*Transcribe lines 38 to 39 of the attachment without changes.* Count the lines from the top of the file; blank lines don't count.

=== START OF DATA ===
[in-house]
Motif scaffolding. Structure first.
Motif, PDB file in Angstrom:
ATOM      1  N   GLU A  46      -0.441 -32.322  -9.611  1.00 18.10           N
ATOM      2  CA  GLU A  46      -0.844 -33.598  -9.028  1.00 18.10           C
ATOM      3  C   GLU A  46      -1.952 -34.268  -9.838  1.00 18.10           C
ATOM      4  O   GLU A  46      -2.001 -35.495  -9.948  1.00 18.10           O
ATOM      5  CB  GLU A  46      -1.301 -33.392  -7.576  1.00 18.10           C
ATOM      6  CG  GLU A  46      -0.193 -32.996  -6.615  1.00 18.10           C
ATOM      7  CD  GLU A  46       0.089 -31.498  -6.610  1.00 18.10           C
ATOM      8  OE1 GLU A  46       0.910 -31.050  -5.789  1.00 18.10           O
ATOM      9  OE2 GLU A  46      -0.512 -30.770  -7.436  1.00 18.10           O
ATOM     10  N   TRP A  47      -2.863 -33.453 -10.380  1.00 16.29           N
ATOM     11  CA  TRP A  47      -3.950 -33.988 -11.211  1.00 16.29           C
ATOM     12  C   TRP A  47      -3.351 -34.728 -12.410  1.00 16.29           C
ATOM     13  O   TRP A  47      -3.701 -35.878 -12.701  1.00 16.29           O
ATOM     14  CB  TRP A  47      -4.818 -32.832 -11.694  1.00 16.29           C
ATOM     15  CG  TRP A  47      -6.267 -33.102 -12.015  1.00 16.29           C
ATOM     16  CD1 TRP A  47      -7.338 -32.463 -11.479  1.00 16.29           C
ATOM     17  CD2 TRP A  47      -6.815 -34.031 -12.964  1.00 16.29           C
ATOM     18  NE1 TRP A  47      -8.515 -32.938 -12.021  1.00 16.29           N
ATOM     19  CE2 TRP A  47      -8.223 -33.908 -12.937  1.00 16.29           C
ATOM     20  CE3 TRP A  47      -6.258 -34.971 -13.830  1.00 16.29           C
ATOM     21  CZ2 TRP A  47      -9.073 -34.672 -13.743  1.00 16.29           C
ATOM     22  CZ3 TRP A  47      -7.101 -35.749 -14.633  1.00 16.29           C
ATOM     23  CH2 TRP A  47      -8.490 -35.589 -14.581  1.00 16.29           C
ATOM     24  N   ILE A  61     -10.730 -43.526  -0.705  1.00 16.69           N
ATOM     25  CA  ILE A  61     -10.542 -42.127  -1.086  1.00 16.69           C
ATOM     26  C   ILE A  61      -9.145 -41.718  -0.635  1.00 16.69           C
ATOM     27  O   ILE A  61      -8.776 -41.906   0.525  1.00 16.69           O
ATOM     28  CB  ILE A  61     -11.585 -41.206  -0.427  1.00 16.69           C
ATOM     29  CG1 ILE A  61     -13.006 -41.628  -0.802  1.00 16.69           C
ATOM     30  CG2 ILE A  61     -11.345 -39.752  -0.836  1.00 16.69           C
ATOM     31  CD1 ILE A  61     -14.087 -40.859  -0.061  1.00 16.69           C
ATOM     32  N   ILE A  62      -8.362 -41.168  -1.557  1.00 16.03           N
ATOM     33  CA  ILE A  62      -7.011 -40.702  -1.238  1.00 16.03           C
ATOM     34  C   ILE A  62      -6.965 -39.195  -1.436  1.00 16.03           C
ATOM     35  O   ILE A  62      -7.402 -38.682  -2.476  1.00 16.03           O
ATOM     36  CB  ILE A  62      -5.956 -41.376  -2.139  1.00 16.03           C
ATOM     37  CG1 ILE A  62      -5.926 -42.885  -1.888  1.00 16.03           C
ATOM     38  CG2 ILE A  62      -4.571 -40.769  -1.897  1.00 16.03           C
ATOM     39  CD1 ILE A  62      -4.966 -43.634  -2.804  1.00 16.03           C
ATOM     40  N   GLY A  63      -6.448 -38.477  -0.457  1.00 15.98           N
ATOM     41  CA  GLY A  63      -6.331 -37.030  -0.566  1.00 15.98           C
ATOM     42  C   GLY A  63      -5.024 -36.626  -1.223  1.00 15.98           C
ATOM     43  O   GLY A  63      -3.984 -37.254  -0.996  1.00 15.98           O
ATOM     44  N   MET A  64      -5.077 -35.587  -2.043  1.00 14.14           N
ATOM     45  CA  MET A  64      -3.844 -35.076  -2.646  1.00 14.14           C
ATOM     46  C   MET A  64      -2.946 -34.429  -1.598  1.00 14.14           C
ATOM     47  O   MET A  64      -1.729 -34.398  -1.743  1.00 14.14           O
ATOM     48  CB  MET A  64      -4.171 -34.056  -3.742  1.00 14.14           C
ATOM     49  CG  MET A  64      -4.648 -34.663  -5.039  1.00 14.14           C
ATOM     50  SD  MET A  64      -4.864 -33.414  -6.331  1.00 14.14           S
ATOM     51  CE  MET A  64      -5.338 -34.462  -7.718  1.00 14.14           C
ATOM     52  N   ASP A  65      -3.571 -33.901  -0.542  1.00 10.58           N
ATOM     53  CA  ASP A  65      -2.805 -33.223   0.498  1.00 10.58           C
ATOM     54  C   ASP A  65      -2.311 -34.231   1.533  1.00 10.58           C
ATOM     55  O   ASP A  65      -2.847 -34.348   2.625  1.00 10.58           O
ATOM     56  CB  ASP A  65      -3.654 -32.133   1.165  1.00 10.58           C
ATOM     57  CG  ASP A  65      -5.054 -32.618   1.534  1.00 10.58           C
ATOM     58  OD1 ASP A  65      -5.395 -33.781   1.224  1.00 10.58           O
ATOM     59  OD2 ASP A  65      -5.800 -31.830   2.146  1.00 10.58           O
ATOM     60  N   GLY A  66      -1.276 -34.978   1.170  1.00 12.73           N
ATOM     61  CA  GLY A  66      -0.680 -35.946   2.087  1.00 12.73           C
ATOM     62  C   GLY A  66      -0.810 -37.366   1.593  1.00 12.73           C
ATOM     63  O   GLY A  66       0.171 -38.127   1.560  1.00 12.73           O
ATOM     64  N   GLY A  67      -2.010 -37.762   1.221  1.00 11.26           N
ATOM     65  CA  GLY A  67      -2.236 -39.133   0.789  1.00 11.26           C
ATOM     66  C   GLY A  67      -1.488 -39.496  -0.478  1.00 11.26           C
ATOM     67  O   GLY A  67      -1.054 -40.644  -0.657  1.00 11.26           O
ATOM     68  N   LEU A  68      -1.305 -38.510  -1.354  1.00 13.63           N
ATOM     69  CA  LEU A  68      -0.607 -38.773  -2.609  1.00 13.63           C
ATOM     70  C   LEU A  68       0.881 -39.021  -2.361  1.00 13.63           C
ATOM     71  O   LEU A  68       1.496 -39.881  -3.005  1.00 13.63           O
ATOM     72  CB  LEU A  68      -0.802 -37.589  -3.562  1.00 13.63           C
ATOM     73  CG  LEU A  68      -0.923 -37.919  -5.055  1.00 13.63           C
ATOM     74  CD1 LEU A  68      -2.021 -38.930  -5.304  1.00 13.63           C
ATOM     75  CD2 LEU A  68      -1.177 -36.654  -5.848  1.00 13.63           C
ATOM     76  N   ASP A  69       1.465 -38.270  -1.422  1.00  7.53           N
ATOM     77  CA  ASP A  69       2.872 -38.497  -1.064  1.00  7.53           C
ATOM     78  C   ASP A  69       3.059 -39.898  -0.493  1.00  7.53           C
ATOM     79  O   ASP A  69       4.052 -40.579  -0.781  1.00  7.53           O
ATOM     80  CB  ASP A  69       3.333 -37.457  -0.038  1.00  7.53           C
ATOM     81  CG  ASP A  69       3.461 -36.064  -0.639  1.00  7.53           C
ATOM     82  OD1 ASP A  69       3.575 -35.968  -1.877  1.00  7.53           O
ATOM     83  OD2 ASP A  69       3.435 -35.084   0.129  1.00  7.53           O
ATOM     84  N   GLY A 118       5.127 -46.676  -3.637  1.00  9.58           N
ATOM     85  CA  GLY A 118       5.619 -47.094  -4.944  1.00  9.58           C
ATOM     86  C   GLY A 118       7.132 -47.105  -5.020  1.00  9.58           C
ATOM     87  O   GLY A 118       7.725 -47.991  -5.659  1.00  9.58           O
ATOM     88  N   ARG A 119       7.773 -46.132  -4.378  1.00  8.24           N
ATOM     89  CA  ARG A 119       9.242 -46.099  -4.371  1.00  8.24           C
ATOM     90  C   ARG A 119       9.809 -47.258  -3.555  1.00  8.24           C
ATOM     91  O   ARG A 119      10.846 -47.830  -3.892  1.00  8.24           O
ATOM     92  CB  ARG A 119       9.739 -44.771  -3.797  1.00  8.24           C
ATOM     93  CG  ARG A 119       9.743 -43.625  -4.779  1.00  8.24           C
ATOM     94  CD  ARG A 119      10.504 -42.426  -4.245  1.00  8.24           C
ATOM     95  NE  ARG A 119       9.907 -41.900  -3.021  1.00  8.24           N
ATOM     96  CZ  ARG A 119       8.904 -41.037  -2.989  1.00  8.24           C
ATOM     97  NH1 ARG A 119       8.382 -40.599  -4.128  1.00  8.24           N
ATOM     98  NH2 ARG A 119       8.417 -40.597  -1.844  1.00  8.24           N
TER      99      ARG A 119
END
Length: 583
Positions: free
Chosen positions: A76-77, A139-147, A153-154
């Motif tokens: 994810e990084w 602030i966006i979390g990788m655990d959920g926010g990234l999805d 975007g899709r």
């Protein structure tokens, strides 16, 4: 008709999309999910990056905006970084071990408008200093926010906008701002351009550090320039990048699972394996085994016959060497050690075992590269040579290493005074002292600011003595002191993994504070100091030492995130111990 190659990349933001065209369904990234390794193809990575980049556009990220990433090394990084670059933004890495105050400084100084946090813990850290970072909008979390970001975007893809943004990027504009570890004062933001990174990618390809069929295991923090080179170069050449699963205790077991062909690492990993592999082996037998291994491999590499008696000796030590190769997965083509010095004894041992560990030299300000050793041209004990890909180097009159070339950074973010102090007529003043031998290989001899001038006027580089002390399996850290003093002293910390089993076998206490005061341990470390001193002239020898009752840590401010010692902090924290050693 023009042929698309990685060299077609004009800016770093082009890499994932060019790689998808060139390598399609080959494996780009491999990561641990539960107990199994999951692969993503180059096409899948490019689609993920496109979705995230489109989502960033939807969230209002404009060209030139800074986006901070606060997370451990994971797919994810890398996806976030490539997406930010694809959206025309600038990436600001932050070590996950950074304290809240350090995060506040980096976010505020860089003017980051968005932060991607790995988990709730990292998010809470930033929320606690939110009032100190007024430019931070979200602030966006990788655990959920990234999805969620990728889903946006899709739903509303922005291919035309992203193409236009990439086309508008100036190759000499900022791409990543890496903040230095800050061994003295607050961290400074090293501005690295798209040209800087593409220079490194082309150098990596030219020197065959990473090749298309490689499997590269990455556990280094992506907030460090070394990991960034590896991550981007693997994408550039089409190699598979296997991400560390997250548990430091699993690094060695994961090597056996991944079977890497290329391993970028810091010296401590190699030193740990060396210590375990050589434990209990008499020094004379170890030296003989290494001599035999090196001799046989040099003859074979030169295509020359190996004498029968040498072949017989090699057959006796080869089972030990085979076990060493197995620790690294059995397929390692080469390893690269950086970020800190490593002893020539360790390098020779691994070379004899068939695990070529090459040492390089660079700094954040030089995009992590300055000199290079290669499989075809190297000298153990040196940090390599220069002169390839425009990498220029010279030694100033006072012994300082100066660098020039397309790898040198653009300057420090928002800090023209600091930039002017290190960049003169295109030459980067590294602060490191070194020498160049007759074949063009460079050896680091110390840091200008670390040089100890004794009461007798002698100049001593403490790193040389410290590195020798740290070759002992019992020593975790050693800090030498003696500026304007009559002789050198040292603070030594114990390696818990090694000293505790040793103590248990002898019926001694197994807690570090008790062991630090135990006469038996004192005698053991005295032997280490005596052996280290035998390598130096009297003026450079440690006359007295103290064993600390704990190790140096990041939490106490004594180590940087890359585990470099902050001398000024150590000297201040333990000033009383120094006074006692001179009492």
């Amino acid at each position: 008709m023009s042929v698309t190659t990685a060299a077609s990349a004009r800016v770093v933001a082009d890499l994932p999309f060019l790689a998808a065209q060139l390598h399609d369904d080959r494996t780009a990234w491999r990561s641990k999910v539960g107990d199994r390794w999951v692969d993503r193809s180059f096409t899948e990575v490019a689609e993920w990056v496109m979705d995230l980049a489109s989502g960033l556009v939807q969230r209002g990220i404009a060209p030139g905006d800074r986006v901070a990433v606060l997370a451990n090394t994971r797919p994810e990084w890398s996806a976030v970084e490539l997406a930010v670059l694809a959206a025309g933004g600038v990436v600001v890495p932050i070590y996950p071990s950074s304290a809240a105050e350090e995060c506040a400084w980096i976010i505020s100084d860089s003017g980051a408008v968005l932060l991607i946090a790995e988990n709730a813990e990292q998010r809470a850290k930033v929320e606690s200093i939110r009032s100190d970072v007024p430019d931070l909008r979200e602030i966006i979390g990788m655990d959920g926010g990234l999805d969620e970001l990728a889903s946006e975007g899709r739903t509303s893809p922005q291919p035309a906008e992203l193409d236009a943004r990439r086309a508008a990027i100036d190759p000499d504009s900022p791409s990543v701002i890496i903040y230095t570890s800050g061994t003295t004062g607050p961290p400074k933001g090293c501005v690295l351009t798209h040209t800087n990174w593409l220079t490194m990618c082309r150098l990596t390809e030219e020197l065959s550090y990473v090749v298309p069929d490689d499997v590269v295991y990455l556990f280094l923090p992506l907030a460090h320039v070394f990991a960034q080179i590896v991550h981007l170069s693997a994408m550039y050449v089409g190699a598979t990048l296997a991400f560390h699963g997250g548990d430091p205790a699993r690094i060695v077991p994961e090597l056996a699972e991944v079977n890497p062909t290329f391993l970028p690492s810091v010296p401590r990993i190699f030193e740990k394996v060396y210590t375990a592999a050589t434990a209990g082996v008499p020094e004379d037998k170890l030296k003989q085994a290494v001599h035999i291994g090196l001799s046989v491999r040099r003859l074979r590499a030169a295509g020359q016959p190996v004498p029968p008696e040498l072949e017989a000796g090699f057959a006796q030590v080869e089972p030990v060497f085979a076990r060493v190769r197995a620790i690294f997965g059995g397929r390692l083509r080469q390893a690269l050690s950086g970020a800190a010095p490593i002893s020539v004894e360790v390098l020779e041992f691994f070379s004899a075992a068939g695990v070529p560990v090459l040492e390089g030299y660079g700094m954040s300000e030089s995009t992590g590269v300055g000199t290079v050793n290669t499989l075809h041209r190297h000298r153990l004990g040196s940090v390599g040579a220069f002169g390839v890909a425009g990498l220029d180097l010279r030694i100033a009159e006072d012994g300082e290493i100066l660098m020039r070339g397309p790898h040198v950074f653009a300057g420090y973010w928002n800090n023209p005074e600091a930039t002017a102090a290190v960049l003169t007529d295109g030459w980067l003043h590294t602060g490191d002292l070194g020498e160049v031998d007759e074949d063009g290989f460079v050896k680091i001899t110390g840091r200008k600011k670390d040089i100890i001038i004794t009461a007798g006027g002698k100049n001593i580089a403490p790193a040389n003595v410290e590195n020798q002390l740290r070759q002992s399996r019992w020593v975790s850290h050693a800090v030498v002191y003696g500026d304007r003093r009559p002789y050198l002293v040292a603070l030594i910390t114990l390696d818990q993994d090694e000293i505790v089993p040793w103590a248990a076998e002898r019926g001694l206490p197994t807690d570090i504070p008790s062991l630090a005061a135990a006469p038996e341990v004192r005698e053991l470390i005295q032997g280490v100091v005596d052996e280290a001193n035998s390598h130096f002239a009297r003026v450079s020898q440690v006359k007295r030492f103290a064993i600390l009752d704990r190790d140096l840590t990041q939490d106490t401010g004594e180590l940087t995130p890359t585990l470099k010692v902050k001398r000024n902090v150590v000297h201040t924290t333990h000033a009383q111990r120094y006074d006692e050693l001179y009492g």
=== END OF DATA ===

ATOM     35  O   ILE A  62      -7.402 -38.682  -2.476  1.00 16.03           O
ATOM     36  CB  ILE A  62      -5.956 -41.376  -2.139  1.00 16.03           C